Another known way to solve (1) is to use the multiplicative weights update (MWU) method. The MWU method is an algorithmic technique which maintains a distribution on a certain set of interest and updates it iteratively by multiplying the probability mass of elements by suitably chosen factors based on feedback obtained by running another algorithm on the distribution 17] showed that MWU can be used to calculate the approximate value of a two-person zero-sum game under some conditions. More precisely, if (i) the adversary has a polynomial size deterministic strategies and (ii) the algorithm can compute a best response, then MWU gives a polynomial-time algorithm to compute the game value up to an additive error of for any fixed constant . For each , we call a best response for if . Krause et al.  and Chen et al.  extended this result for the case when the algorithm can only compute an -best response, i.e., an -approximate solution for . They provided a polynomial-time algorithm that finds an -approximation of the game value up to additive error of for any fixed constant . This implies an approximation ratio of , where is the optimal value of (1). Their algorithms require pseudo-polynomial time to obtain an -approximation solution for a fixed constant . In this paper, we improve their technique to find it in polynomial time.
The main results of this paper are two general schemes for solving (1) based on LP and MWU in the form of using some subproblems. Therefore, when we want to solve a specific class of the problem (1), it suffices to solve the subproblem. As consequences of our results, we show (approximation) algorithms to solve (1) in which the objective functions and the constraint belong to well-known classes in combinatorial optimization, such as submodular functions, knapsack/matroid/-matroid intersection constraints.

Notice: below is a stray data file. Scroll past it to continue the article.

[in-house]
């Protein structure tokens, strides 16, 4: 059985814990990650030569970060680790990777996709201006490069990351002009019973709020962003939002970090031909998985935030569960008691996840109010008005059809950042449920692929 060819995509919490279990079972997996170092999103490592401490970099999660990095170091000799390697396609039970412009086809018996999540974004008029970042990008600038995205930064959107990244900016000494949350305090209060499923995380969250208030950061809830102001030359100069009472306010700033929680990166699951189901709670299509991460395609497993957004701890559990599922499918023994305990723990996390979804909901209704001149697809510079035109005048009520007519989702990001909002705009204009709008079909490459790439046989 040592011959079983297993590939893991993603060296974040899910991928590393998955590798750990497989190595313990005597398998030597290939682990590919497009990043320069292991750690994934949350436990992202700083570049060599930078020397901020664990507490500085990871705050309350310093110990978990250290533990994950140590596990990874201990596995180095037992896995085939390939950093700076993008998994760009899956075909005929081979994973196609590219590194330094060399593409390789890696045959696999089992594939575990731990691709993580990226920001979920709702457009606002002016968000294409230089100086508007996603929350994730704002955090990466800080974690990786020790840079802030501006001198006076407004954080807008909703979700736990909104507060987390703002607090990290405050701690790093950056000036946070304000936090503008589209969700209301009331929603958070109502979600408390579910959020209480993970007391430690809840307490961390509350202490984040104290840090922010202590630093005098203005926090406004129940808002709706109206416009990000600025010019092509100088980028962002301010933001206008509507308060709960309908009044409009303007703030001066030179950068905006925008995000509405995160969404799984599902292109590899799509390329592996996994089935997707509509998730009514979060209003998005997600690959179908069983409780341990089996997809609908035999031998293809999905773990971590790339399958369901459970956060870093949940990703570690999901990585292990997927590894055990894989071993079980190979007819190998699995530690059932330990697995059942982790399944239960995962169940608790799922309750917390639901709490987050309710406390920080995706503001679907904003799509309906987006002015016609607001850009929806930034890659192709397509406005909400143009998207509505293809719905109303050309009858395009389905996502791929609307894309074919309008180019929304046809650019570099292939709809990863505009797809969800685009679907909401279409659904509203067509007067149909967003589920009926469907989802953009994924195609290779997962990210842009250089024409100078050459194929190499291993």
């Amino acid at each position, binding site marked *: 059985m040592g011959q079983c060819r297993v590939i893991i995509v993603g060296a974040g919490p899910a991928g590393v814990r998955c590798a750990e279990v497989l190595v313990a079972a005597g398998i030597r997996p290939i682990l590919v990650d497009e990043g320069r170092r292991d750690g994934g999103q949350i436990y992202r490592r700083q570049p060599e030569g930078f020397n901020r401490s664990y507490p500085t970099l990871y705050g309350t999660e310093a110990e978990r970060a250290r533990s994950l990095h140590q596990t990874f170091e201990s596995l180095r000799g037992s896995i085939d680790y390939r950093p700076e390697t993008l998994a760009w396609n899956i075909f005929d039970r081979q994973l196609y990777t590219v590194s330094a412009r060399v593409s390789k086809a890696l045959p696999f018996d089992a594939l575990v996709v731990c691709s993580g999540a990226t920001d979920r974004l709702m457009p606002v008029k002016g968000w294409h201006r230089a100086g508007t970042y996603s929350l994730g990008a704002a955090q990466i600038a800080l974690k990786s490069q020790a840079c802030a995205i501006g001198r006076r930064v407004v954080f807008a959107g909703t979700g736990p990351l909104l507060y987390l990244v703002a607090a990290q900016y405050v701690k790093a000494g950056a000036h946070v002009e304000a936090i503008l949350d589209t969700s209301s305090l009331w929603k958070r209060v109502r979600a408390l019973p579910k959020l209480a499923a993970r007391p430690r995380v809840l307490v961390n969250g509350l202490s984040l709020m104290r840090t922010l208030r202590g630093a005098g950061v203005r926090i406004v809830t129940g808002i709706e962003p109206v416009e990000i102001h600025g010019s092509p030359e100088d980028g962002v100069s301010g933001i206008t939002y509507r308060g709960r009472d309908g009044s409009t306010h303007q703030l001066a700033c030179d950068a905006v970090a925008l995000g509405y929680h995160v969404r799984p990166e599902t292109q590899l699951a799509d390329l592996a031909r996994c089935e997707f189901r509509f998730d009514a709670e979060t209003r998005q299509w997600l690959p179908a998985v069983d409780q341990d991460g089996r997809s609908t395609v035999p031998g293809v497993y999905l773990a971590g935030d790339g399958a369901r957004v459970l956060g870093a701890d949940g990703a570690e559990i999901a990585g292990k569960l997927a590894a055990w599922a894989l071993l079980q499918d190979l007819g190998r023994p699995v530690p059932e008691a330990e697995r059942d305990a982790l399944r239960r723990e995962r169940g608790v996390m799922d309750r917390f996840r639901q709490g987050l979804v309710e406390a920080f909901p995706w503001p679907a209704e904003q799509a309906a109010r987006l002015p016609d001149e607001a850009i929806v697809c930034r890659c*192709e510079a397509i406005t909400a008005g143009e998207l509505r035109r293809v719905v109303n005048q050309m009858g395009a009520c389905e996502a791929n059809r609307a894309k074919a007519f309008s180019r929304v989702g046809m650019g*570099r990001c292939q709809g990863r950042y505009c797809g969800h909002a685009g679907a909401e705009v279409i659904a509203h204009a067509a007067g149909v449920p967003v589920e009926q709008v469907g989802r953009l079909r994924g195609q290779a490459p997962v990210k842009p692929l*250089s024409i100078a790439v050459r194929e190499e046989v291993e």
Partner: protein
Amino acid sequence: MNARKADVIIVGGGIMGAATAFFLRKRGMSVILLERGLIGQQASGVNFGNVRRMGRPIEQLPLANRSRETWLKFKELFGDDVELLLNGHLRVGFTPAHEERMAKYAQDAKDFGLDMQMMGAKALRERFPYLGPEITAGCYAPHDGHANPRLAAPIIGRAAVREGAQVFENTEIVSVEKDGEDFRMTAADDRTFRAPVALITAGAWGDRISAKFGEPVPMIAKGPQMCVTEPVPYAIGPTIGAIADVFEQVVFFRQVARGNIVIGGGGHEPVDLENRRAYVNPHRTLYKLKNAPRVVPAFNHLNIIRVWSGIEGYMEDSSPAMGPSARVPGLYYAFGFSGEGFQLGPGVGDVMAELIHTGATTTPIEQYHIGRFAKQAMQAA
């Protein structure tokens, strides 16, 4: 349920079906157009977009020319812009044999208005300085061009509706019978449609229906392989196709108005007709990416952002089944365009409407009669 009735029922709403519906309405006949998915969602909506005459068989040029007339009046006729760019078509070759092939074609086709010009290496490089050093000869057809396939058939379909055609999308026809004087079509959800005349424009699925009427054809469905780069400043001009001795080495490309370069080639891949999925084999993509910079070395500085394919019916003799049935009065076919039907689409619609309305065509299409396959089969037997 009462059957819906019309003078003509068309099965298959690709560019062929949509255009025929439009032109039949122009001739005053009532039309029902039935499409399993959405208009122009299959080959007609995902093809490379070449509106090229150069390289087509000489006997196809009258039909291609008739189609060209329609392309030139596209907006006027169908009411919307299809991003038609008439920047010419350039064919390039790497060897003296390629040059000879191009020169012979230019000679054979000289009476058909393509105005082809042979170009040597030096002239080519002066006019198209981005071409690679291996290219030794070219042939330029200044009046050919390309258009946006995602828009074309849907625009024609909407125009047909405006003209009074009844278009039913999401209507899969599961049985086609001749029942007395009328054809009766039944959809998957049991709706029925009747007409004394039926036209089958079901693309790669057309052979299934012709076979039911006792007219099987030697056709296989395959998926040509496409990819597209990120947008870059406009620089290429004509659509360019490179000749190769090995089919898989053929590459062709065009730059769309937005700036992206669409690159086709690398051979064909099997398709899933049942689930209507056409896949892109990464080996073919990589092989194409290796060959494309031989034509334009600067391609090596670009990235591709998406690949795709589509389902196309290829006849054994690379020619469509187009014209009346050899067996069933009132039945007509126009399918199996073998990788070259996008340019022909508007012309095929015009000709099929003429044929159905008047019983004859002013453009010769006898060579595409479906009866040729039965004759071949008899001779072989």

While there exist still few papers on randomized strategies of the robust optimization problems, algorithms to find a deterministic strategy have been intensively studied in various setting. See also survey papers [1, 28]. Krause et al.  focused on where ’s are monotone submodular functions. Those authors showed that this problem is NP-hard even to approximate, and provided an algorithm that outputs a set of size whose objective value is at least as good as the optimal value. Orlin et al.  provided constant-factor approximate algorithms to solve , where is a monotone submodular function.
Kakimura et al.  proved that the deterministic version of the maximum cardinality robustness problem is weakly NP-hard but admits an FPTAS. Since Hassin and Rubinstein  introduced the notion of the cardinality robustness, many papers have been investigating the value of the maximum cardinality robustness [23, 19, 25]. Matuschke et al.  introduced randomized strategies for the cardinality robustness, and they presented a randomized strategy with -robustness for a certain class of independence system . Kobayashi and Takazawa  focused on independence systems that are defined from the knapsack problem, and exhibited two randomized strategy with robustness and , where is the exchangeability of the independence system and .
When , the deterministic version of the robust optimization problem (1) is exactly the classical optimization problem . For the monotone submodular function maximization problem, there exist -approximation algorithms under a knapsack constraint  or a matroid constraint [8, 15], and there exists a -approximation algorithm under a -matroid intersection constraint for any fixed . For the unconstrained non-monotone submodular function maximization problem, there exists a -approximation algorithm, and this is best possible [14, 7]. As for the case when the objective function is linear, the knapsack problem admits an FPTAS .
We focus on the case when all the objective functions are linear. In a known LP formulation for zero-sum games, each variable corresponds a probability that each is chosen. Because is large, we use another LP formulation of (1). The number of variables is reduced by setting as a variable a probability that each element in